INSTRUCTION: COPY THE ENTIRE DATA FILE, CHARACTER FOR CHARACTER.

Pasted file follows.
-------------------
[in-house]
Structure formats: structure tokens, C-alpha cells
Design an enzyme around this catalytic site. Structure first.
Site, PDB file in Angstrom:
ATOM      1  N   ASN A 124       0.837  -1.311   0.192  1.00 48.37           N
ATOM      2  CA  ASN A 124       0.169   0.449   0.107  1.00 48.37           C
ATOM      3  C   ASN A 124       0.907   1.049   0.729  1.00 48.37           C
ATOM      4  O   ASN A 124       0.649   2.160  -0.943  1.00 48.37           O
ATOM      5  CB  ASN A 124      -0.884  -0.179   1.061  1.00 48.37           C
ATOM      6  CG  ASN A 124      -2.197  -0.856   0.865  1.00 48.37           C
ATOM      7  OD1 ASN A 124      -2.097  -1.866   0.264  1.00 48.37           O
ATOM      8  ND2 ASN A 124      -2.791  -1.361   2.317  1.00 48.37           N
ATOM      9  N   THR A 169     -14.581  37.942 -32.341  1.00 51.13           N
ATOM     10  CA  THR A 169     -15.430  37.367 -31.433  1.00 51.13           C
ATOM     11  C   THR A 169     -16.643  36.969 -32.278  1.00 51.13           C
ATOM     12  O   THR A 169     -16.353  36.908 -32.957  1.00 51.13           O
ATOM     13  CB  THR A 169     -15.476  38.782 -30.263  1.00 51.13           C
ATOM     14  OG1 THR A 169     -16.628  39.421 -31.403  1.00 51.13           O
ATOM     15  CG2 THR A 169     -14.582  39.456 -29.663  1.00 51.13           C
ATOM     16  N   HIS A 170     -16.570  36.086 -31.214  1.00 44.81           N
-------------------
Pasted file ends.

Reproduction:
[in-house]
Structure formats: structure tokens, C-alpha cells
Design an enzyme around this catalytic site. Structure first.
Site, PDB file in Angstrom:
ATOM      1  N   ASN A 124       0.837  -1.311   0.192  1.00 48.37           N
ATOM      2  CA  ASN A 124       0.169   0.449   0.107  1.00 48.37           C
ATOM      3  C   ASN A 124       0.907   1.049   0.729  1.00 48.37           C
ATOM      4  O   ASN A 124       0.649   2.160  -0.943  1.00 48.37           O
ATOM      5  CB  ASN A 124      -0.884  -0.179   1.061  1.00 48.37           C
ATOM      6  CG  ASN A 124      -2.197  -0.856   0.865  1.00 48.37           C
ATOM      7  OD1 ASN A 124      -2.097  -1.866   0.264  1.00 48.37           O
ATOM      8  ND2 ASN A 124      -2.791  -1.361   2.317  1.00 48.37           N
ATOM      9  N   THR A 169     -14.581  37.942 -32.341  1.00 51.13           N
ATOM     10  CA  THR A 169     -15.430  37.367 -31.433  1.00 51.13           C
ATOM     11  C   THR A 169     -16.643  36.969 -32.278  1.00 51.13           C
ATOM     12  O   THR A 169     -16.353  36.908 -32.957  1.00 51.13           O
ATOM     13  CB  THR A 169     -15.476  38.782 -30.263  1.00 51.13           C
ATOM     14  OG1 THR A 169     -16.628  39.421 -31.403  1.00 51.13           O
ATOM     15  CG2 THR A 169     -14.582  39.456 -29.663  1.00 51.13           C
ATOM     16  N   HIS A 170     -16.570  36.086 -31.214  1.00 44.81           N